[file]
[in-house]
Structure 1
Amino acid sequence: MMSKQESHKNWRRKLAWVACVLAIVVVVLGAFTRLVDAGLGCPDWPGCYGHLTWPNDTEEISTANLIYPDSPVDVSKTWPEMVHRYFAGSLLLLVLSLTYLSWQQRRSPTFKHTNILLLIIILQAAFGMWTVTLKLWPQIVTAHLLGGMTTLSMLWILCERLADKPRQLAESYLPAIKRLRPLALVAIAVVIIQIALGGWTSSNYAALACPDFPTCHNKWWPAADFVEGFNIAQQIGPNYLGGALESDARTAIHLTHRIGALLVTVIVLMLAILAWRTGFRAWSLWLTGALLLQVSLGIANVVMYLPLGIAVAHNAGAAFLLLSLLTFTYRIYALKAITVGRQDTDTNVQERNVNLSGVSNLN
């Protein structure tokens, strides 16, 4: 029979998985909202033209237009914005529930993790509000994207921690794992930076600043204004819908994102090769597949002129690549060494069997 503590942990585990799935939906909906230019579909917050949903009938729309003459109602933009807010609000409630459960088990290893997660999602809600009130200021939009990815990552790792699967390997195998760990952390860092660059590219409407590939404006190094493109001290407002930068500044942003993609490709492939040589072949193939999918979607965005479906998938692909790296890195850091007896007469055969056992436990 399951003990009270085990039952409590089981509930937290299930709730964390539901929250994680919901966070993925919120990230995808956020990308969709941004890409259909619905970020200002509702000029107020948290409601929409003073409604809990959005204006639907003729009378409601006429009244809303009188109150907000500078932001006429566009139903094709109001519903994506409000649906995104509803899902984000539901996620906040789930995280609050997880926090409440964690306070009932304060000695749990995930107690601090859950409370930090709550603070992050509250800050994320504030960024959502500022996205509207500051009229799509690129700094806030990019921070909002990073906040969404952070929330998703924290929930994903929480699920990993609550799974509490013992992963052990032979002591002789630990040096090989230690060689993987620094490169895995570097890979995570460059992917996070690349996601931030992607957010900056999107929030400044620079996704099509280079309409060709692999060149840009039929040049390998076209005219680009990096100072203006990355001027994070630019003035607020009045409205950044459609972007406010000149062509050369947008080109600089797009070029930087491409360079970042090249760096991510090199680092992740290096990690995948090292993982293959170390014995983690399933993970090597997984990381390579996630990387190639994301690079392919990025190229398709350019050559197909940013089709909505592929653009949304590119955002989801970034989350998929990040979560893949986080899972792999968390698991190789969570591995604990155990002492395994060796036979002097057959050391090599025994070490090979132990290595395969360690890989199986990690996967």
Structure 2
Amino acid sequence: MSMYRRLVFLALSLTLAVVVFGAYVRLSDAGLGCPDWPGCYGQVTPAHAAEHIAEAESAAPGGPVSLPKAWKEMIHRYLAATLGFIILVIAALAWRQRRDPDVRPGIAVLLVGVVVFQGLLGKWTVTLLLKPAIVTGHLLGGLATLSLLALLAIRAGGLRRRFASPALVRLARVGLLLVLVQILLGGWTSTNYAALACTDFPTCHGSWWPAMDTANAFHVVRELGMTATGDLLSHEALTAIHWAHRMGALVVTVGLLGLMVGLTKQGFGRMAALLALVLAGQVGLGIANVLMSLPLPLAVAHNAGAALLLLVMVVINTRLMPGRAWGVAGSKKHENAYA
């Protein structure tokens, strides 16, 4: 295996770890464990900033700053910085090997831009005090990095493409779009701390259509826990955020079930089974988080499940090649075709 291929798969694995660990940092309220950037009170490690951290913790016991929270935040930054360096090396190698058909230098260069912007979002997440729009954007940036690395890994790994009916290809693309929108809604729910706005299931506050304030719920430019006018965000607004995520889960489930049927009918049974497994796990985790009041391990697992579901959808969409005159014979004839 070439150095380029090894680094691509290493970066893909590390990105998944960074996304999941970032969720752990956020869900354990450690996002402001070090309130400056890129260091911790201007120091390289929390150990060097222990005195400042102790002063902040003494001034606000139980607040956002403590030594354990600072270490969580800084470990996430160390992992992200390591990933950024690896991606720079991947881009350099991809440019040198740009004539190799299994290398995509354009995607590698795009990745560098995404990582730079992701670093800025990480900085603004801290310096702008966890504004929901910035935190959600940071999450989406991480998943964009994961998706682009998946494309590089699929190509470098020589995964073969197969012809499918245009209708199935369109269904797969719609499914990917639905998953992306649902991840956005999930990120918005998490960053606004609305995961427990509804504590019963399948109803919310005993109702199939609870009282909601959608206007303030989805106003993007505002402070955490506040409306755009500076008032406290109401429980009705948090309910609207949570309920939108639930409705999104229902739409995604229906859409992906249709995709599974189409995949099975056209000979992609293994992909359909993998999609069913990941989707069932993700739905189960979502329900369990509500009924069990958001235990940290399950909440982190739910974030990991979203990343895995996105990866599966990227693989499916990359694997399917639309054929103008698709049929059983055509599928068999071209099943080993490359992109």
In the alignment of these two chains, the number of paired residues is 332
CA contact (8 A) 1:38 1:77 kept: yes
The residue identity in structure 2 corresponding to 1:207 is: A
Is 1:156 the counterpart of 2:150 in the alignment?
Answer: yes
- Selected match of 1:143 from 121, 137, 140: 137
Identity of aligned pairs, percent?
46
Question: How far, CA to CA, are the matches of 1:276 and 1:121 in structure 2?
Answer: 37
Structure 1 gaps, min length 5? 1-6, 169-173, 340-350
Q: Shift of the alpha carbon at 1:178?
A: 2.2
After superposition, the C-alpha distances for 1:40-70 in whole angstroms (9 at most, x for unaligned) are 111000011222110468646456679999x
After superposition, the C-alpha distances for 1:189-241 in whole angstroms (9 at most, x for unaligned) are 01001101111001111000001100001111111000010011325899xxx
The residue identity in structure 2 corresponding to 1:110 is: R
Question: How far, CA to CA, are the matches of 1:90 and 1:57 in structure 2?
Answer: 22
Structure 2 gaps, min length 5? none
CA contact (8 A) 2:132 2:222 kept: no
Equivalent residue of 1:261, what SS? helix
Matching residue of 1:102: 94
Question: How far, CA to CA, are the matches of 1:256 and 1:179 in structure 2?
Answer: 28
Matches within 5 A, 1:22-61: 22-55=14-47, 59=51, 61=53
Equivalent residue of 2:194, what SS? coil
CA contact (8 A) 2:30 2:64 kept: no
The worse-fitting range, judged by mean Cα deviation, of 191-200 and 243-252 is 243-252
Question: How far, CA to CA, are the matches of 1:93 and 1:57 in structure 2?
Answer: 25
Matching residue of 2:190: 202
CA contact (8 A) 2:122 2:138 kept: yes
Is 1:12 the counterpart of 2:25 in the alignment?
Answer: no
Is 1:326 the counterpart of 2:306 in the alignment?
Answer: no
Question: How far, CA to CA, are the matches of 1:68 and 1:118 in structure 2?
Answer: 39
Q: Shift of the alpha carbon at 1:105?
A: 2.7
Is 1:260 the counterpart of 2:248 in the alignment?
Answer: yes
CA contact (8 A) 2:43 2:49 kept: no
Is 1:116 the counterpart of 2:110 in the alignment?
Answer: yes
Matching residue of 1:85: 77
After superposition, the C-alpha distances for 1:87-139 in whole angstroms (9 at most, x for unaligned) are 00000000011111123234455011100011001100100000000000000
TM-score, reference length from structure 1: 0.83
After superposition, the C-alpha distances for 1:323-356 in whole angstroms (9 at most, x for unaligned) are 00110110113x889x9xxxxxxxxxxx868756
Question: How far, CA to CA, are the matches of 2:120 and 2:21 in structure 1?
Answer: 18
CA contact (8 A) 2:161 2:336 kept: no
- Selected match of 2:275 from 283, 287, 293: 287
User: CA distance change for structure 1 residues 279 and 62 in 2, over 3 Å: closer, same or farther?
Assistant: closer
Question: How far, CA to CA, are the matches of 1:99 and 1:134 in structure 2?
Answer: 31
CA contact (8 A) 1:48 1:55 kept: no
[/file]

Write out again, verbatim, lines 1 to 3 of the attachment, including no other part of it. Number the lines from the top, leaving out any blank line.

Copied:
[in-house]
Structure 1
Amino acid sequence: MMSKQESHKNWRRKLAWVACVLAIVVVVLGAFTRLVDAGLGCPDWPGCYGHLTWPNDTEEISTANLIYPDSPVDVSKTWPEMVHRYFAGSLLLLVLSLTYLSWQQRRSPTFKHTNILLLIIILQAAFGMWTVTLKLWPQIVTAHLLGGMTTLSMLWILCERLADKPRQLAESYLPAIKRLRPLALVAIAVVIIQIALGGWTSSNYAALACPDFPTCHNKWWPAADFVEGFNIAQQIGPNYLGGALESDARTAIHLTHRIGALLVTVIVLMLAILAWRTGFRAWSLWLTGALLLQVSLGIANVVMYLPLGIAVAHNAGAAFLLLSLLTFTYRIYALKAITVGRQDTDTNVQERNVNLSGVSNLN